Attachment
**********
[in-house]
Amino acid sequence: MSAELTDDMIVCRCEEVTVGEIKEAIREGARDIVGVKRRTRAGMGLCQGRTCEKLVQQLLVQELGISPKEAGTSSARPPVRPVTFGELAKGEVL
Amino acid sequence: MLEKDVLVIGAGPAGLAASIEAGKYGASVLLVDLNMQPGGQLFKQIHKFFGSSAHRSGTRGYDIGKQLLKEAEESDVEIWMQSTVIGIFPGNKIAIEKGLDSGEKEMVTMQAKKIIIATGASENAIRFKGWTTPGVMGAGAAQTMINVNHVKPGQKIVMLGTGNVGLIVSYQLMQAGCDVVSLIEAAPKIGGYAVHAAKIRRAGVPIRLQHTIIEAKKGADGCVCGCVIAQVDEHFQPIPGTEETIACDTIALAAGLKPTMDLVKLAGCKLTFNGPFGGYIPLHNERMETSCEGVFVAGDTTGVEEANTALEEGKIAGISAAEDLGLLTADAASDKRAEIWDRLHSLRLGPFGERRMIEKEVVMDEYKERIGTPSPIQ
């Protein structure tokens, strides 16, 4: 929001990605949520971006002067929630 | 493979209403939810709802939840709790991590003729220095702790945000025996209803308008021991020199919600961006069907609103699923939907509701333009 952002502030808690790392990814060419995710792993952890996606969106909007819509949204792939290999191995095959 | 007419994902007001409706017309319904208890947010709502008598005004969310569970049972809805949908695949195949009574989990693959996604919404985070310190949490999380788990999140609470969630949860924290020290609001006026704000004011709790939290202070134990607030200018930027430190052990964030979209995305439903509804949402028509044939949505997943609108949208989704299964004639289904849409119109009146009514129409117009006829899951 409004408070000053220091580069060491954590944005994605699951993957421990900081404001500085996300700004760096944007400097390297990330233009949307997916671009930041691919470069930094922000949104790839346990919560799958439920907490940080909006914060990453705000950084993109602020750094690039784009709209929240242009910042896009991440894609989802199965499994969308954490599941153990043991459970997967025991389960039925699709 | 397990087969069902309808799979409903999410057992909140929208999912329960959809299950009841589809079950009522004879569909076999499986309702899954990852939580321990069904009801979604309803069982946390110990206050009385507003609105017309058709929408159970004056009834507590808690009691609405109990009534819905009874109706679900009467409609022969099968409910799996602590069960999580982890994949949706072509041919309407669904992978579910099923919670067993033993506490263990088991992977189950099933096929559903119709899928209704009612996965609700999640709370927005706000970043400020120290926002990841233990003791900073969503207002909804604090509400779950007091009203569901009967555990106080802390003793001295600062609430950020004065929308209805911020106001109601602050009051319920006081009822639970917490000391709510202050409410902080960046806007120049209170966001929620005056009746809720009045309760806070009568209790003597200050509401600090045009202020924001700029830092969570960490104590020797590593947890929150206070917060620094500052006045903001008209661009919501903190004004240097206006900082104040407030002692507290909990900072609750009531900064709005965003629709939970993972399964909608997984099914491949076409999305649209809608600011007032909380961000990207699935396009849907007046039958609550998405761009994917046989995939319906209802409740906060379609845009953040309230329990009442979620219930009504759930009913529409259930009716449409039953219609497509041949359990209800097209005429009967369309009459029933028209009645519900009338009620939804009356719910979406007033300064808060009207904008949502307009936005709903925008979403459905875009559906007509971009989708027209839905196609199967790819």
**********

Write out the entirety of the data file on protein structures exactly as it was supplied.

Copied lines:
[in-house]
Amino acid sequence: MSAELTDDMIVCRCEEVTVGEIKEAIREGARDIVGVKRRTRAGMGLCQGRTCEKLVQQLLVQELGISPKEAGTSSARPPVRPVTFGELAKGEVL
Amino acid sequence: MLEKDVLVIGAGPAGLAASIEAGKYGASVLLVDLNMQPGGQLFKQIHKFFGSSAHRSGTRGYDIGKQLLKEAEESDVEIWMQSTVIGIFPGNKIAIEKGLDSGEKEMVTMQAKKIIIATGASENAIRFKGWTTPGVMGAGAAQTMINVNHVKPGQKIVMLGTGNVGLIVSYQLMQAGCDVVSLIEAAPKIGGYAVHAAKIRRAGVPIRLQHTIIEAKKGADGCVCGCVIAQVDEHFQPIPGTEETIACDTIALAAGLKPTMDLVKLAGCKLTFNGPFGGYIPLHNERMETSCEGVFVAGDTTGVEEANTALEEGKIAGISAAEDLGLLTADAASDKRAEIWDRLHSLRLGPFGERRMIEKEVVMDEYKERIGTPSPIQ
């Protein structure tokens, strides 16, 4: 929001990605949520971006002067929630 | 493979209403939810709802939840709790991590003729220095702790945000025996209803308008021991020199919600961006069907609103699923939907509701333009 952002502030808690790392990814060419995710792993952890996606969106909007819509949204792939290999191995095959 | 007419994902007001409706017309319904208890947010709502008598005004969310569970049972809805949908695949195949009574989990693959996604919404985070310190949490999380788990999140609470969630949860924290020290609001006026704000004011709790939290202070134990607030200018930027430190052990964030979209995305439903509804949402028509044939949505997943609108949208989704299964004639289904849409119109009146009514129409117009006829899951 409004408070000053220091580069060491954590944005994605699951993957421990900081404001500085996300700004760096944007400097390297990330233009949307997916671009930041691919470069930094922000949104790839346990919560799958439920907490940080909006914060990453705000950084993109602020750094690039784009709209929240242009910042896009991440894609989802199965499994969308954490599941153990043991459970997967025991389960039925699709 | 397990087969069902309808799979409903999410057992909140929208999912329960959809299950009841589809079950009522004879569909076999499986309702899954990852939580321990069904009801979604309803069982946390110990206050009385507003609105017309058709929408159970004056009834507590808690009691609405109990009534819905009874109706679900009467409609022969099968409910799996602590069960999580982890994949949706072509041919309407669904992978579910099923919670067993033993506490263990088991992977189950099933096929559903119709899928209704009612996965609700999640709370927005706000970043400020120290926002990841233990003791900073969503207002909804604090509400779950007091009203569901009967555990106080802390003793001295600062609430950020004065929308209805911020106001109601602050009051319920006081009822639970917490000391709510202050409410902080960046806007120049209170966001929620005056009746809720009045309760806070009568209790003597200050509401600090045009202020924001700029830092969570960490104590020797590593947890929150206070917060620094500052006045903001008209661009919501903190004004240097206006900082104040407030002692507290909990900072609750009531900064709005965003629709939970993972399964909608997984099914491949076409999305649209809608600011007032909380961000990207699935396009849907007046039958609550998405761009994917046989995939319906209802409740906060379609845009953040309230329990009442979620219930009504759930009913529409259930009716449409039953219609497509041949359990209800097209005429009967369309009459029933028209009645519900009338009620939804009356719910979406007033300064808060009207904008949502307009936005709903925008979403459905875009559906007509971009989708027209839905196609199967790819």